Tuesday, May 22, 2007

Discussion on 'New Learning'

Yesterday Tumult Debat organised a debate on the latest debatable Dutch hype in Dutch education: the so-called 'Nieuwe Leren' which could be translated as the 'New Learning', which has been the subject of a lot of debate lately in the Dutch media.

Last Saturday the Volkskrant ran an article on the 'New Learning' and one thing which became quite apparent is that it encompasses a collection of different theories and principles.... Robert Jan Simons gave a clear description. This point came up regularly during the debate.

In the debate Paul Kirschner and Monique Boekaerts gave their views on a number of principles of instruction and learning design which where clear and not very debatable. The listeners however where often from schools and clearly had ideas rooted in practice. Some were clear advocates whereas others clearly preffered a traditional style of teaching. If there was one thing that could be learnt from the debate it is that:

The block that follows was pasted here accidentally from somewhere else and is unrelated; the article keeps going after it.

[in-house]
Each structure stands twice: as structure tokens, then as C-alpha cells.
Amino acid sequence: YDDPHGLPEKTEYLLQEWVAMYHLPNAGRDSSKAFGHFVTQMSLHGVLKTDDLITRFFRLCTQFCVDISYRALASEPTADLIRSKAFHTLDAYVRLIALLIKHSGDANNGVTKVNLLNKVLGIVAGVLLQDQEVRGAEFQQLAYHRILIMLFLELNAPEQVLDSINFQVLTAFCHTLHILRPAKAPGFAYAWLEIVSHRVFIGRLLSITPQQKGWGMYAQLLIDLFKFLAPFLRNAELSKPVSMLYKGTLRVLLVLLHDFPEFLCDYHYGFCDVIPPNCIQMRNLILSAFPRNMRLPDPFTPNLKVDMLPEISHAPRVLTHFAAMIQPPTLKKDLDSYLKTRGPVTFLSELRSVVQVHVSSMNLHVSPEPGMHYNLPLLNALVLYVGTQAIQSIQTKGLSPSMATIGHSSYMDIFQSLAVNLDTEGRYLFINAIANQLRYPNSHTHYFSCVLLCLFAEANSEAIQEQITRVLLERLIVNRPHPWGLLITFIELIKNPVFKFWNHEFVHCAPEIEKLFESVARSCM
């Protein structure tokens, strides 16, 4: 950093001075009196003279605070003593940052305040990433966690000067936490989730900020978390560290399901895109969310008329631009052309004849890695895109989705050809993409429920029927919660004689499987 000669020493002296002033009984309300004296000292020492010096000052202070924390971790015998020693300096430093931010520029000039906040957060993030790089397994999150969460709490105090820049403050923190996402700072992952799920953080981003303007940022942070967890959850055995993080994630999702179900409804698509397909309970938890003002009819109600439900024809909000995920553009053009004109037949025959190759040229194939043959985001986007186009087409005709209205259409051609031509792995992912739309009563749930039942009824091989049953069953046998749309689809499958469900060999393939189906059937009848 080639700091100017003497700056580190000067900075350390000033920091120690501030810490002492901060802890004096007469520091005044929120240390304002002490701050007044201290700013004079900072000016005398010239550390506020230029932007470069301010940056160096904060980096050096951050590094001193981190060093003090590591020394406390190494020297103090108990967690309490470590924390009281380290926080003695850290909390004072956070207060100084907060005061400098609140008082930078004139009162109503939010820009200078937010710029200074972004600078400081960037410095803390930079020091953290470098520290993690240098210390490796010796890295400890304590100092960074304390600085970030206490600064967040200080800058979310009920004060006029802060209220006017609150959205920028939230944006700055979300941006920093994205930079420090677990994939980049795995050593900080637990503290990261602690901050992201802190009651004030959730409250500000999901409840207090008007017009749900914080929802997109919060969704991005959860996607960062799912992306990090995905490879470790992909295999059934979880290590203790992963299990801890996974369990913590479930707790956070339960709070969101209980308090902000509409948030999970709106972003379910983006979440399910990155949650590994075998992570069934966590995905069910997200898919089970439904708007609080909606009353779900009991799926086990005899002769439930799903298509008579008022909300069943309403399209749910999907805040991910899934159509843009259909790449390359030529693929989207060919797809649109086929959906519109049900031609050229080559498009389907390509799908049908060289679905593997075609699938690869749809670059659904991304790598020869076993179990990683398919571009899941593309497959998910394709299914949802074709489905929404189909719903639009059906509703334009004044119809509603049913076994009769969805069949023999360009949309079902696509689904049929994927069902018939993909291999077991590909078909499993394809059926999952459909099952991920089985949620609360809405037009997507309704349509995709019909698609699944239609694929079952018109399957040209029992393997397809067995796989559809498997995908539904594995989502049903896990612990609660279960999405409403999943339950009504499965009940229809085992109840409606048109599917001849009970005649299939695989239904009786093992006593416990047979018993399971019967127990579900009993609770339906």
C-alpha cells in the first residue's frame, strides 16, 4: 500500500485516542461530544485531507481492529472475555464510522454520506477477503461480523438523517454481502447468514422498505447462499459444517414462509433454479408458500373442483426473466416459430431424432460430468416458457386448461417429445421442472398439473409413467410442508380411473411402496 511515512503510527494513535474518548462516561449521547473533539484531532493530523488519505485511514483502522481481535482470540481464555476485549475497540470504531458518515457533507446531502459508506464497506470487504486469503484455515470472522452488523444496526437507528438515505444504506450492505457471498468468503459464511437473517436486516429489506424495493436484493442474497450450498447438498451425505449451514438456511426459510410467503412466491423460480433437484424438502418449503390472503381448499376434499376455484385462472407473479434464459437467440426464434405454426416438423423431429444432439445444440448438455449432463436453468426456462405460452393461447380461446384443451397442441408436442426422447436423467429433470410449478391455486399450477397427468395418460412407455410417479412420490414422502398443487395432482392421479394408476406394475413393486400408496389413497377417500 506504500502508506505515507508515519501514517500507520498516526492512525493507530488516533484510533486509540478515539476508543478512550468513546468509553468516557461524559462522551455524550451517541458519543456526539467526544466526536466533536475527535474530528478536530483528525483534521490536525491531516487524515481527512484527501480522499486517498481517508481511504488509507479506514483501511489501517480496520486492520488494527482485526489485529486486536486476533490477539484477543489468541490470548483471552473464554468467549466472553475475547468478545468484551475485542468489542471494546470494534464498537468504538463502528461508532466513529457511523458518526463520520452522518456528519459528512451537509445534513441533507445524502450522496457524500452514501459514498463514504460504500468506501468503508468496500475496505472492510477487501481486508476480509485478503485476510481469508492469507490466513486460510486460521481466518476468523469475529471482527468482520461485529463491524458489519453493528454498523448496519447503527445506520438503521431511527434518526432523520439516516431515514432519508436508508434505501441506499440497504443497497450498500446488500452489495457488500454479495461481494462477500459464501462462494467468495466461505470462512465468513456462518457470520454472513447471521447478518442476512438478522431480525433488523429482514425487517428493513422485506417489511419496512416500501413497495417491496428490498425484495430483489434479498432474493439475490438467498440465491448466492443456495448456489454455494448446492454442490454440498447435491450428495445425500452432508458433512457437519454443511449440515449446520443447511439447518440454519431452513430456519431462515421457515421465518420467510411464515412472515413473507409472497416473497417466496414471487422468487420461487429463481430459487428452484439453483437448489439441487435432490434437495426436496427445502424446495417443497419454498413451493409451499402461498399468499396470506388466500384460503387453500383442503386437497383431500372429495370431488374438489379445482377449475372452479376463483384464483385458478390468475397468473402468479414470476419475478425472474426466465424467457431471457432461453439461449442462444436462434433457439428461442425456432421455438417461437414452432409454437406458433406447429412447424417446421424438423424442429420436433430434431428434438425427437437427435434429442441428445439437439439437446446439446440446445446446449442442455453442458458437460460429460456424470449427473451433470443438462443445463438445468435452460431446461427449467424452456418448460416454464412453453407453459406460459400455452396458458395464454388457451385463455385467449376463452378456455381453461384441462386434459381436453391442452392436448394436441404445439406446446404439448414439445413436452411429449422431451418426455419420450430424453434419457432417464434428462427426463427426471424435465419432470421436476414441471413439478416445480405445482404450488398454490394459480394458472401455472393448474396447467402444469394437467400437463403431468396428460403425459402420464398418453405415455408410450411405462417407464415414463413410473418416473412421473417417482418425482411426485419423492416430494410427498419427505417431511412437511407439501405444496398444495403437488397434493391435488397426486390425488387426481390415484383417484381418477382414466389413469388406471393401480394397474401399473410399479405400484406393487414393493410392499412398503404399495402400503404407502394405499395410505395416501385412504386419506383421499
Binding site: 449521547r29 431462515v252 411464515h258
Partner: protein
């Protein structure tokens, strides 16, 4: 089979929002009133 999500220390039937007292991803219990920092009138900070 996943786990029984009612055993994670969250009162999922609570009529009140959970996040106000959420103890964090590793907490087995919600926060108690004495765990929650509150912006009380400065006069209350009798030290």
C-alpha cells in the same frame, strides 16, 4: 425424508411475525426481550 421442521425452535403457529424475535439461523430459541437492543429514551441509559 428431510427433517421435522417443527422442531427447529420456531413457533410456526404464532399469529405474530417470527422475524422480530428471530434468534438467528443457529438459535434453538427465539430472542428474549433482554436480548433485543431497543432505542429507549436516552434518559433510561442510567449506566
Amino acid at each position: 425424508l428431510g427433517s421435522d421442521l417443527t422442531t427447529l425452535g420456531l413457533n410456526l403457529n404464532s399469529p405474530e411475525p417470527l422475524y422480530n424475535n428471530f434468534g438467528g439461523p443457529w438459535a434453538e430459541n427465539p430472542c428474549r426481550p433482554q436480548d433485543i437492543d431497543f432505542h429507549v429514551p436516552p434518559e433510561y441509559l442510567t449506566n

1. New learning is really New teaching
  2. Learning theory is not a direct instruction on how to teach
  3. There is not one clear instruction how you should teach a bunch of students as they differ (where have I heard that before).
  4. The underlying principles may be brilliant, but if you don't do it well (invest money) it will not work as well as promised.
Perhaps the most charming view was the historic view offered by Maarten van Rossem in his closing speech. The interest in new learning can be viewed from the trend in society towards individualisation since the end 19th century. This has sprouted a number of learning theories which started back in the early 1900s with the Montessori tradition. 'Nieuwe Leren' as a principle in which students are given more responsibility for their own learning is just another of these learning theories.

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